DUBLIN — In June 1963 I saw John F. Kennedy in Dublin on his visit to Ireland.
I was sitting on my father's shoulders as we waited with hundreds of others, all waving little Stars and Stripes on Griffith Avenue, to catch a wave from his chariot en route to Dublin airport.
His hair looked red to me, all shining in the June Dublin sun. But was it really red? I can
still see it vividly, but maybe I was making this emperor more Irish.
It is a powerful memory and the fire lit that day has never been quite extinguished. The idea of America then, for a young Irish boy and for millions of others, promised an infinity of dreams. Years later I travelled around the United States with my camera, seeing things
through a different lens.
But these first memories, plus an addiction to watching "The Monkees," "Here's Lucy,"  "Get Smart" and old American flicks on that recent miracle —Irish TV — formed my earliest thoughts of America.
It seemed next door, but at the same time in another world.  America was like a friend that promised a welcome, a second chance. It was a long way away, yet most people had a relative who had moved there, and everyone felt some connection. Significantly, it was a dazzling alternative to the stuffy and suspicious Brits in the other direction.
Months later, seeing my mother in tears for the first time after word came of Kennedy's murder, I was overwhelmed by something I did not comprehend. My father simply swore never to visit America."Didn't they kill Kennedy?" he would say, and he never did.
America is capable of shock as well as awe.
Everything didn't die with Jack Kennedy, no human being is a saint and truth isn't served well by headlines. But along with the fate of Robert Kennedy and Martin Luther King, something big and good, call it generosity, seemed to have been sucked out of the message America was
projecting. And latterly, once what might have been pernicious Cold-War interference in Vietnam have visibly become mindless invasion and domination in Iraq.
My view of America is a journey from "The Quiet American" to rendition.
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I have spent a good deal of the past eight years photographing in places where America is supposed to be promoting democracy and stability: Afghanistan, Iraq,Uzbekistan, Kyrgyzstan, Israel, Kenya, Somalia.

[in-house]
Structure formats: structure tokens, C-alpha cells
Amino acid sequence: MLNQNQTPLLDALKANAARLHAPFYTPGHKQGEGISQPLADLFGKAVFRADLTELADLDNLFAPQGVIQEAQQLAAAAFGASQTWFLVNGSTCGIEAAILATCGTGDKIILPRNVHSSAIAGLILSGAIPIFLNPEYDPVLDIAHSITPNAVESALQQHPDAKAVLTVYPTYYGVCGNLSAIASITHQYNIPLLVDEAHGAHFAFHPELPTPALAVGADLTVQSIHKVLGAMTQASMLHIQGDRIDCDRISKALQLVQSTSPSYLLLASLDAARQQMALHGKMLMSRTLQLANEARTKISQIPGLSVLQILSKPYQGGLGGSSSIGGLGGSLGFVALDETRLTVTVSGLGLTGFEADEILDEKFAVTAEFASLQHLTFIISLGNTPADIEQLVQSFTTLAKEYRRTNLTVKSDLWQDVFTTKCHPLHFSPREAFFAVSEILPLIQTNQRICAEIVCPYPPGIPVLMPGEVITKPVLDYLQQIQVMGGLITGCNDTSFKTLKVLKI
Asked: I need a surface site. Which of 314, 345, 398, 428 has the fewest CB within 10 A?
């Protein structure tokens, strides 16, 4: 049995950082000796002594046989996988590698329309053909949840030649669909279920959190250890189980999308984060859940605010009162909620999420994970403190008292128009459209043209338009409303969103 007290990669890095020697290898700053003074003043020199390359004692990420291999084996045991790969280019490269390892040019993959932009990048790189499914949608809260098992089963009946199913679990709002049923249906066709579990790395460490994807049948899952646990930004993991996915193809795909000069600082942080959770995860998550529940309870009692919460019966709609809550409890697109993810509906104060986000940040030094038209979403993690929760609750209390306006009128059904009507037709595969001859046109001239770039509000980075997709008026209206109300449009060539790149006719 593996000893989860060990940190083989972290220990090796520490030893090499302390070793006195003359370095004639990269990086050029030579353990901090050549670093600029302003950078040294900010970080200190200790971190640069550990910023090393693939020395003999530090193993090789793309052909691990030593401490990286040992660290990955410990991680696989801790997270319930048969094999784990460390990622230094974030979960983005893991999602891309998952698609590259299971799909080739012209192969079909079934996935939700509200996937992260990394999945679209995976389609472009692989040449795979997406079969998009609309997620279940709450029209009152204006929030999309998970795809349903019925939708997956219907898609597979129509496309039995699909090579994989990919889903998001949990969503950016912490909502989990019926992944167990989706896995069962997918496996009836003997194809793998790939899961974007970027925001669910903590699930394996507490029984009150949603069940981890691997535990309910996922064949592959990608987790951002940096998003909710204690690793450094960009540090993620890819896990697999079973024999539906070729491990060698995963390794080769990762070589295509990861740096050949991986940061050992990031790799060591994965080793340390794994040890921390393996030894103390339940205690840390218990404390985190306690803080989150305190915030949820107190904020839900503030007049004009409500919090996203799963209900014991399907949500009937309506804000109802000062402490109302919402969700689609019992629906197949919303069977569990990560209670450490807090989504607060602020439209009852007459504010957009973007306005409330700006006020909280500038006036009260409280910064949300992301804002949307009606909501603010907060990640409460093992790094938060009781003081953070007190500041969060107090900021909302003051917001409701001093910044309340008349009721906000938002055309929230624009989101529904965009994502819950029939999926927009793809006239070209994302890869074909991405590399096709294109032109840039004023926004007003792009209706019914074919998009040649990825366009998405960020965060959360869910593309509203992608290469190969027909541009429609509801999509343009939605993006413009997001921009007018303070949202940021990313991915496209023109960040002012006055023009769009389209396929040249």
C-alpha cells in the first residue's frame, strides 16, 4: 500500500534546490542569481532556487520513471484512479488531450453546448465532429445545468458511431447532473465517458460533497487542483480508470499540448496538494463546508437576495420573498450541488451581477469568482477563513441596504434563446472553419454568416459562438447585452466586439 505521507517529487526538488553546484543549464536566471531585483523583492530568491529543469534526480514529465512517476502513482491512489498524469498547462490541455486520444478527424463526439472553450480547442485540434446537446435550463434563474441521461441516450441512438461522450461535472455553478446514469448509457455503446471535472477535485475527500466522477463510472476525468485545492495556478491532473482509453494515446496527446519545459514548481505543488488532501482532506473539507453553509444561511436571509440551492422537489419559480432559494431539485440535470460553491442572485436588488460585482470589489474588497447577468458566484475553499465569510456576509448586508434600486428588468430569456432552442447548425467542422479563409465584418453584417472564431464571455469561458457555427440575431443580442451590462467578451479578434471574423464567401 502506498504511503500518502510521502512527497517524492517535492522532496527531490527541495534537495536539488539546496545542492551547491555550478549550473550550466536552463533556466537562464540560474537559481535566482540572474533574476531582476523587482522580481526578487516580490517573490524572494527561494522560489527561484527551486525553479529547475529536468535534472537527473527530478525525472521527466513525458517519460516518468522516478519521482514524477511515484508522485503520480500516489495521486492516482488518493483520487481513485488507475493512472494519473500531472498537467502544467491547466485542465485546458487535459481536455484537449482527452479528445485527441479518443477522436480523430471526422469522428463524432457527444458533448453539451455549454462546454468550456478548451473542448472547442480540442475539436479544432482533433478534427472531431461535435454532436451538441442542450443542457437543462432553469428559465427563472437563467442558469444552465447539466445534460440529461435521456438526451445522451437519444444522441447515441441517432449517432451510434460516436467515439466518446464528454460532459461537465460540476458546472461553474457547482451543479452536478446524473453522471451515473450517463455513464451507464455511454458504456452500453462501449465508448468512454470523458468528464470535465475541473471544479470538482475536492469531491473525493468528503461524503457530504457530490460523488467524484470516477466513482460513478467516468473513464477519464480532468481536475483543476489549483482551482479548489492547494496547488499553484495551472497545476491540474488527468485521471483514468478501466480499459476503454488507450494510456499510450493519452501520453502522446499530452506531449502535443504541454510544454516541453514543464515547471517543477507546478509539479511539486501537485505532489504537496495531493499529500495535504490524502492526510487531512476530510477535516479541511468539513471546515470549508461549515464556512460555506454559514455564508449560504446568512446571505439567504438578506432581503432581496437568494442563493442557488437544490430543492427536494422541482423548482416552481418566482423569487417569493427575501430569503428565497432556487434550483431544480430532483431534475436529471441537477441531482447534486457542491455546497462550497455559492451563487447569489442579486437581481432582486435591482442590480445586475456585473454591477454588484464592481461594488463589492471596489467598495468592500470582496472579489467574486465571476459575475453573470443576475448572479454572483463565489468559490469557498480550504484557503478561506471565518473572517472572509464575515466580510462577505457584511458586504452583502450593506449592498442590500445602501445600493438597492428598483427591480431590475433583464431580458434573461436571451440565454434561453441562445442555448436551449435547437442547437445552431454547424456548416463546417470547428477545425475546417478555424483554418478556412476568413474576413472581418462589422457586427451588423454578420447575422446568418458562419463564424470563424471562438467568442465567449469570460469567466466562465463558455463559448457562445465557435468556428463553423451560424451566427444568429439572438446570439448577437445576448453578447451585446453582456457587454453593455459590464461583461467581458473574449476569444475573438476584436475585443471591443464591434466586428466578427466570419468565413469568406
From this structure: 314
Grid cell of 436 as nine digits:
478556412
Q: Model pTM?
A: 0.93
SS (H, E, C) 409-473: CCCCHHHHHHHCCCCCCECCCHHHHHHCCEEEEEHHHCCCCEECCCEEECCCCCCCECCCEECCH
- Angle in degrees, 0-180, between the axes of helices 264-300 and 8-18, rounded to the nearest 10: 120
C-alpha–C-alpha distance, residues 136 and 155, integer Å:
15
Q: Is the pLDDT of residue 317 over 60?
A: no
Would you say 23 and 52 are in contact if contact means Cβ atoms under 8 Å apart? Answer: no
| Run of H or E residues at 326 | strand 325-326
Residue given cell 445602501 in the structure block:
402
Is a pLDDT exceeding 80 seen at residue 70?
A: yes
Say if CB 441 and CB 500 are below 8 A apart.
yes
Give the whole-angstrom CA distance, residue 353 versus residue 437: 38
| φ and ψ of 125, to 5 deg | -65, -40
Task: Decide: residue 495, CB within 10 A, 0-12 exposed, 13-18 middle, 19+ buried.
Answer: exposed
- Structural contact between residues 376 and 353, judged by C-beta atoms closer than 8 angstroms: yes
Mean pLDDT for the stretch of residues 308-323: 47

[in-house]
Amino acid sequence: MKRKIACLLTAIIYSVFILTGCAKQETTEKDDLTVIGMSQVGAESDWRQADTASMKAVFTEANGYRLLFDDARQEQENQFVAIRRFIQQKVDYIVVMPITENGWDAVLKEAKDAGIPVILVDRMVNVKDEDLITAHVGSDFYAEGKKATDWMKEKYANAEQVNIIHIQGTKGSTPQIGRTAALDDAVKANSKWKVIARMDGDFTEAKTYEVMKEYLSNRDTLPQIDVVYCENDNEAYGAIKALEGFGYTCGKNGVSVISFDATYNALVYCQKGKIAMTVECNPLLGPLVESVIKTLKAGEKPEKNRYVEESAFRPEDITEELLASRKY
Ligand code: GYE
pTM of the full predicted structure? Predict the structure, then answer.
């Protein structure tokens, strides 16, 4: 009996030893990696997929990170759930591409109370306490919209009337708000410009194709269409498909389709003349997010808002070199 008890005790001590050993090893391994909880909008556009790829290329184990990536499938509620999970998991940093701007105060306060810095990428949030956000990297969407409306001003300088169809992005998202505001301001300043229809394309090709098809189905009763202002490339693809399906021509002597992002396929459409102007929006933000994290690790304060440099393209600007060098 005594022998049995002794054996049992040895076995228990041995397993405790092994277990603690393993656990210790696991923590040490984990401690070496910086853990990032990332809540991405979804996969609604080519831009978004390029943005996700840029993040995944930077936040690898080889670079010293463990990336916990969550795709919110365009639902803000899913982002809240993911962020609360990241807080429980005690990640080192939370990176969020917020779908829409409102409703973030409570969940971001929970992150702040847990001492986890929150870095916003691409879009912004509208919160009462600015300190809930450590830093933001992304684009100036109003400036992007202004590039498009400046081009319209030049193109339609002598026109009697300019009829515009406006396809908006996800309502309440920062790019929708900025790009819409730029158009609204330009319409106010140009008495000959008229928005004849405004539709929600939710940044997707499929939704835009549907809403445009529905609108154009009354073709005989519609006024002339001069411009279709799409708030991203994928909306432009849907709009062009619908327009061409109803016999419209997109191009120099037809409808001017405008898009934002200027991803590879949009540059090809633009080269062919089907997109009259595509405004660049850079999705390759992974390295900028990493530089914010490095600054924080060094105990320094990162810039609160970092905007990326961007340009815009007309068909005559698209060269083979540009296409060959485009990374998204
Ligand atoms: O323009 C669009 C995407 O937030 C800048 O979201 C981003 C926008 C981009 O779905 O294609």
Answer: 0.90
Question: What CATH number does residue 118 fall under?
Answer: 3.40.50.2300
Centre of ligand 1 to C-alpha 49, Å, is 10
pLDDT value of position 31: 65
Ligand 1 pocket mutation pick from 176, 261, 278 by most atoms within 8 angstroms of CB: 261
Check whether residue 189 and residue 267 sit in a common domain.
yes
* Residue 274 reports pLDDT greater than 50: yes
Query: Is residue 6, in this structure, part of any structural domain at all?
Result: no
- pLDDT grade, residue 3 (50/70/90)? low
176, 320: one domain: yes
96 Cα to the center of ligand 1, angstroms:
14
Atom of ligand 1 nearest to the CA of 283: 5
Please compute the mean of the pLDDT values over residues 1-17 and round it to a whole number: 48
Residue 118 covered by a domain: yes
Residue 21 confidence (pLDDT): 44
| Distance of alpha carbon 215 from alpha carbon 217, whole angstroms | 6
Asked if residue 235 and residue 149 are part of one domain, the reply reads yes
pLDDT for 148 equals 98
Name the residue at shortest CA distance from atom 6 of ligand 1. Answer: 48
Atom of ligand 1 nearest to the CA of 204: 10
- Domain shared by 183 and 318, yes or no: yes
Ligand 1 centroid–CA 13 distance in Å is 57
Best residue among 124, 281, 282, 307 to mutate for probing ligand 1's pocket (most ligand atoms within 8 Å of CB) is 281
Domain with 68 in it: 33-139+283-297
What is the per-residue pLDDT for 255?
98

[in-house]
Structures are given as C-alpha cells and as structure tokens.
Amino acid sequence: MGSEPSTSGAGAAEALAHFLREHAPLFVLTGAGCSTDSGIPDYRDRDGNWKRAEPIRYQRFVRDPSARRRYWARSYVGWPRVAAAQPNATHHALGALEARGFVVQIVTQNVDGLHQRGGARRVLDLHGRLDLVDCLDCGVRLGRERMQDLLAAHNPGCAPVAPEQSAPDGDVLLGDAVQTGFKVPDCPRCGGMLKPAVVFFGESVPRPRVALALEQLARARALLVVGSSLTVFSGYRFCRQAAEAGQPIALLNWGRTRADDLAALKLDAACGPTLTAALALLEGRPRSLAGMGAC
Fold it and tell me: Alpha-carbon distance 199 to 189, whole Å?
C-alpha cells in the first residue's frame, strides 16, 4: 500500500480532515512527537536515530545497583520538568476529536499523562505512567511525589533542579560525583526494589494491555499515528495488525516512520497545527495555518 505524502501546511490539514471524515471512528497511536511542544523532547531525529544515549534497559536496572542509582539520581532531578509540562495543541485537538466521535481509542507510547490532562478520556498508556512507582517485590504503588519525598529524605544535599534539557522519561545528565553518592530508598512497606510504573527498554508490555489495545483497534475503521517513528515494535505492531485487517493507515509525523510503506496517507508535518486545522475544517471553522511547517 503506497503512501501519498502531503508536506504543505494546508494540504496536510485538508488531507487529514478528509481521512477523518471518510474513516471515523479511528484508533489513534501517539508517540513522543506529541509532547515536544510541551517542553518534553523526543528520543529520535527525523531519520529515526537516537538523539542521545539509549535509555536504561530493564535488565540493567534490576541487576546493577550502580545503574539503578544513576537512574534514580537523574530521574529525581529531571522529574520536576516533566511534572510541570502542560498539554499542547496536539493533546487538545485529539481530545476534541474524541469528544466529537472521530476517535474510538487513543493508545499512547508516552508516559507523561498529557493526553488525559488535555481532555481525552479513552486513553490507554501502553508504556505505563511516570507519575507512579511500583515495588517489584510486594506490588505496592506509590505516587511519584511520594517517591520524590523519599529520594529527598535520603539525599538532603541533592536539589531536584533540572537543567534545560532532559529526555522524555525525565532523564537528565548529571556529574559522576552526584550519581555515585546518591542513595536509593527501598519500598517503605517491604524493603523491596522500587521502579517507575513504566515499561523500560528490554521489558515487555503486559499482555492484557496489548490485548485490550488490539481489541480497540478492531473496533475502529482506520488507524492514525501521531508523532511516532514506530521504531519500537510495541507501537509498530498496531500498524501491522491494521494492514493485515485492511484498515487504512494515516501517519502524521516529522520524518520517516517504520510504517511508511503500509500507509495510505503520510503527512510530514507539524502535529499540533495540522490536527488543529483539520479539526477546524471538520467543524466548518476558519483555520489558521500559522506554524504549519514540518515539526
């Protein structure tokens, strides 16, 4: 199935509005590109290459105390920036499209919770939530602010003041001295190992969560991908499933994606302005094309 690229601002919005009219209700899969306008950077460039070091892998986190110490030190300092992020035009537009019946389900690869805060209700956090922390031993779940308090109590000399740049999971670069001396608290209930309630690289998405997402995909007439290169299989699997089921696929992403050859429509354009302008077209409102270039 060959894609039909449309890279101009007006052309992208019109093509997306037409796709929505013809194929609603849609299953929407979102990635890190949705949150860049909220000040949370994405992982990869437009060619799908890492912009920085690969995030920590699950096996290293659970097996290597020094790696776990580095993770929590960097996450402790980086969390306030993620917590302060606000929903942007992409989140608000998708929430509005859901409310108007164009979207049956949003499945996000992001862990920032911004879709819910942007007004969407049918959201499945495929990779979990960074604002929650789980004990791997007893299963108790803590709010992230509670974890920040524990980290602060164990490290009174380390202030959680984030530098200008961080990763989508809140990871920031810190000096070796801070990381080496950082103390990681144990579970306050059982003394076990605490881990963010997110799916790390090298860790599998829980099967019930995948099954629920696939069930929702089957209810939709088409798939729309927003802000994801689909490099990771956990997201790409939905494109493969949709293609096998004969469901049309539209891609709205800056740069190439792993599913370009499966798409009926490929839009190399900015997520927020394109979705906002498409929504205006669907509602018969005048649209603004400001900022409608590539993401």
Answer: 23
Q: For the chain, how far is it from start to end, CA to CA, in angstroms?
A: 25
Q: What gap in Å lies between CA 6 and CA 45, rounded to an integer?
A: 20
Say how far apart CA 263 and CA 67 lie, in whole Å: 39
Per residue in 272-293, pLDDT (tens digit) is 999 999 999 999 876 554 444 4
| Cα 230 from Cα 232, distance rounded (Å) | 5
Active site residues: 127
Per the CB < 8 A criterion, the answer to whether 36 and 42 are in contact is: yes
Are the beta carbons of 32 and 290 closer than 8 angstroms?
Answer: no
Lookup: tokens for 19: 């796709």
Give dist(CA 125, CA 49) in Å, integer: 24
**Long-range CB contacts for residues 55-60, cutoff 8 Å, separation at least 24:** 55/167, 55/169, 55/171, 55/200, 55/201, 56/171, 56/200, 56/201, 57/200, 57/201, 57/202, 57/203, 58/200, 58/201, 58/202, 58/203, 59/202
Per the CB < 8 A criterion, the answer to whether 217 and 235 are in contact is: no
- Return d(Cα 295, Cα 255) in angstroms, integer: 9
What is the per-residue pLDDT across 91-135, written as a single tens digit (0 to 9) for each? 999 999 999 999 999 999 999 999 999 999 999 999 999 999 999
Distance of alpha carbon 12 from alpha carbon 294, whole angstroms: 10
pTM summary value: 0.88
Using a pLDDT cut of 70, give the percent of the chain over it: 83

This has been a campaign that has reached across the globe and made all our lives more fragile. It has cost many thousands of lives and created prisoners and victims of torture that will feed extremists and enemy armies for generations to come. The act of rendition, snatching terrorism suspects off the streets to take them to secret prisons, seems impossible to imagine of the America I thought I knew.
The crude "war on terror" has had an impact already deeply felt in London, Madrid and recently in Mumbai. In Iraq, above all,  the policy was so unsophisticated and the mistakes so vast that it seems the damage will live on for generations, pleasing only Jihadis in their murky, viral world and the neocons in their own self-fulfilling prophecies.
Whether it was America's bloody vengeance, a willful dishonesty in the grab for power and money or a staggering ineptitude, who can really say? But it's been a hell of a failure, and under President Bush it often felt we — all of us out here in the world who are not American — are all the enemy.
But still there are few of us who don't want to look to the U.S. for hope. Even when it is hardest to see.
To try to find light I went into the place often aligned with America's darkest moment. I went to Dallas in November to photograph the U.S. Presidential election night.
It was a deliberate choice and without morbid motives. Signs were that Obama could do the extraordinary and in one giant step Americans would do the right thing and atone. Not for the
sins of history but at least to begin to address the place that America has lodged itself in the past eight years.
If Dallas 1963 was where something ended, it would also be the place I saw the chance of a new beginning.


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